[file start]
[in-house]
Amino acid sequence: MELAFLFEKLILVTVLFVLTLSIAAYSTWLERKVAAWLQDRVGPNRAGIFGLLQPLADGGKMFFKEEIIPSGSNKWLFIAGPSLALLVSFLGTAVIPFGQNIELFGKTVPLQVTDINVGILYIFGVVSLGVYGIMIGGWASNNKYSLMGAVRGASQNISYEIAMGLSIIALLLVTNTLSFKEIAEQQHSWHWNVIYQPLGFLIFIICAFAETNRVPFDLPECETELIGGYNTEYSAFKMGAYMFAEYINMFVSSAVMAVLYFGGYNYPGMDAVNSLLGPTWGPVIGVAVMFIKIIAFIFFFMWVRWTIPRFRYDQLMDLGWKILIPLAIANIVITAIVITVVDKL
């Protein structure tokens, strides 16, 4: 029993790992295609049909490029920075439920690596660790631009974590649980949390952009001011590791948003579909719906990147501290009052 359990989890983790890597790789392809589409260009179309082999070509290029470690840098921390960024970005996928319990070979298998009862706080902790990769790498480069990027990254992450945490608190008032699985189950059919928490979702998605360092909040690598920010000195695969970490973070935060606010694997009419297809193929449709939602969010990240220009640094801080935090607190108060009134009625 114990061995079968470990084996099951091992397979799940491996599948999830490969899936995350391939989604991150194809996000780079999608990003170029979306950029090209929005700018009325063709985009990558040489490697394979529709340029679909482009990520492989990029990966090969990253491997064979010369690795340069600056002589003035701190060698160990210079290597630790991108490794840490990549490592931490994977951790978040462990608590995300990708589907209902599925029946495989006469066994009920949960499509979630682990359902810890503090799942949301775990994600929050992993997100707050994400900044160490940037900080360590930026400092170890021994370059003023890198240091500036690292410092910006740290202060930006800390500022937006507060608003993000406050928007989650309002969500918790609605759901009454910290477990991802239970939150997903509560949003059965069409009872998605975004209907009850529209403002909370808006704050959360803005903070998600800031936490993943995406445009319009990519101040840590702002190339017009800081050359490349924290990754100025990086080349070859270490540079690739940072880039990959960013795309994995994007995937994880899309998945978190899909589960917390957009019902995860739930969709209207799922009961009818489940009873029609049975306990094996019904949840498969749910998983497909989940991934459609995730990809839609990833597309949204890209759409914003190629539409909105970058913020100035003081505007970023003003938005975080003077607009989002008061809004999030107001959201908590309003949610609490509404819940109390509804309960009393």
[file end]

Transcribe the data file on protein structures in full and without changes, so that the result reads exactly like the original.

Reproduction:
[in-house]
Amino acid sequence: MELAFLFEKLILVTVLFVLTLSIAAYSTWLERKVAAWLQDRVGPNRAGIFGLLQPLADGGKMFFKEEIIPSGSNKWLFIAGPSLALLVSFLGTAVIPFGQNIELFGKTVPLQVTDINVGILYIFGVVSLGVYGIMIGGWASNNKYSLMGAVRGASQNISYEIAMGLSIIALLLVTNTLSFKEIAEQQHSWHWNVIYQPLGFLIFIICAFAETNRVPFDLPECETELIGGYNTEYSAFKMGAYMFAEYINMFVSSAVMAVLYFGGYNYPGMDAVNSLLGPTWGPVIGVAVMFIKIIAFIFFFMWVRWTIPRFRYDQLMDLGWKILIPLAIANIVITAIVITVVDKL
């Protein structure tokens, strides 16, 4: 029993790992295609049909490029920075439920690596660790631009974590649980949390952009001011590791948003579909719906990147501290009052 359990989890983790890597790789392809589409260009179309082999070509290029470690840098921390960024970005996928319990070979298998009862706080902790990769790498480069990027990254992450945490608190008032699985189950059919928490979702998605360092909040690598920010000195695969970490973070935060606010694997009419297809193929449709939602969010990240220009640094801080935090607190108060009134009625 114990061995079968470990084996099951091992397979799940491996599948999830490969899936995350391939989604991150194809996000780079999608990003170029979306950029090209929005700018009325063709985009990558040489490697394979529709340029679909482009990520492989990029990966090969990253491997064979010369690795340069600056002589003035701190060698160990210079290597630790991108490794840490990549490592931490994977951790978040462990608590995300990708589907209902599925029946495989006469066994009920949960499509979630682990359902810890503090799942949301775990994600929050992993997100707050994400900044160490940037900080360590930026400092170890021994370059003023890198240091500036690292410092910006740290202060930006800390500022937006507060608003993000406050928007989650309002969500918790609605759901009454910290477990991802239970939150997903509560949003059965069409009872998605975004209907009850529209403002909370808006704050959360803005903070998600800031936490993943995406445009319009990519101040840590702002190339017009800081050359490349924290990754100025990086080349070859270490540079690739940072880039990959960013795309994995994007995937994880899309998945978190899909589960917390957009019902995860739930969709209207799922009961009818489940009873029609049975306990094996019904949840498969749910998983497909989940991934459609995730990809839609990833597309949204890209759409914003190629539409909105970058913020100035003081505007970023003003938005975080003077607009989002008061809004999030107001959201908590309003949610609490509404819940109390509804309960009393």